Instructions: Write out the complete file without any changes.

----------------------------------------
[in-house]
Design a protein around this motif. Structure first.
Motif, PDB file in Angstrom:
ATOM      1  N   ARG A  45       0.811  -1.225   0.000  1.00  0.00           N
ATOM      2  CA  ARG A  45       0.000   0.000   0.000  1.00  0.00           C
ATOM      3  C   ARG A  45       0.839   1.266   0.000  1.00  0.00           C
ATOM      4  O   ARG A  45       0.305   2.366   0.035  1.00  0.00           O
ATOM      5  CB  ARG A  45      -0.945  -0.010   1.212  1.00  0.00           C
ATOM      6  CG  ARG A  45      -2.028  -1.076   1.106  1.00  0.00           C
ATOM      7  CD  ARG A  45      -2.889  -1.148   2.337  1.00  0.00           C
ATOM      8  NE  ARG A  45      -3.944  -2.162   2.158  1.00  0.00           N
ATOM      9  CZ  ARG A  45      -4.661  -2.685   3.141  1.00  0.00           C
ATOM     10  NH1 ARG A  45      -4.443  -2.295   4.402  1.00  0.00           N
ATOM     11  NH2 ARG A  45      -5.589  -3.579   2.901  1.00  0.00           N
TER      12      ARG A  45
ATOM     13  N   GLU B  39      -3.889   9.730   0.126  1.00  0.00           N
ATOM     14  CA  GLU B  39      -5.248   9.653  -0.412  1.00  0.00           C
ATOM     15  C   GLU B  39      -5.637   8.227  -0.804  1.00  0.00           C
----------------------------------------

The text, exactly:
[in-house]
Design a protein around this motif. Structure first.
Motif, PDB file in Angstrom:
ATOM      1  N   ARG A  45       0.811  -1.225   0.000  1.00  0.00           N
ATOM      2  CA  ARG A  45       0.000   0.000   0.000  1.00  0.00           C
ATOM      3  C   ARG A  45       0.839   1.266   0.000  1.00  0.00           C
ATOM      4  O   ARG A  45       0.305   2.366   0.035  1.00  0.00           O
ATOM      5  CB  ARG A  45      -0.945  -0.010   1.212  1.00  0.00           C
ATOM      6  CG  ARG A  45      -2.028  -1.076   1.106  1.00  0.00           C
ATOM      7  CD  ARG A  45      -2.889  -1.148   2.337  1.00  0.00           C
ATOM      8  NE  ARG A  45      -3.944  -2.162   2.158  1.00  0.00           N
ATOM      9  CZ  ARG A  45      -4.661  -2.685   3.141  1.00  0.00           C
ATOM     10  NH1 ARG A  45      -4.443  -2.295   4.402  1.00  0.00           N
ATOM     11  NH2 ARG A  45      -5.589  -3.579   2.901  1.00  0.00           N
TER      12      ARG A  45
ATOM     13  N   GLU B  39      -3.889   9.730   0.126  1.00  0.00           N
ATOM     14  CA  GLU B  39      -5.248   9.653  -0.412  1.00  0.00           C
ATOM     15  C   GLU B  39      -5.637   8.227  -0.804  1.00  0.00           C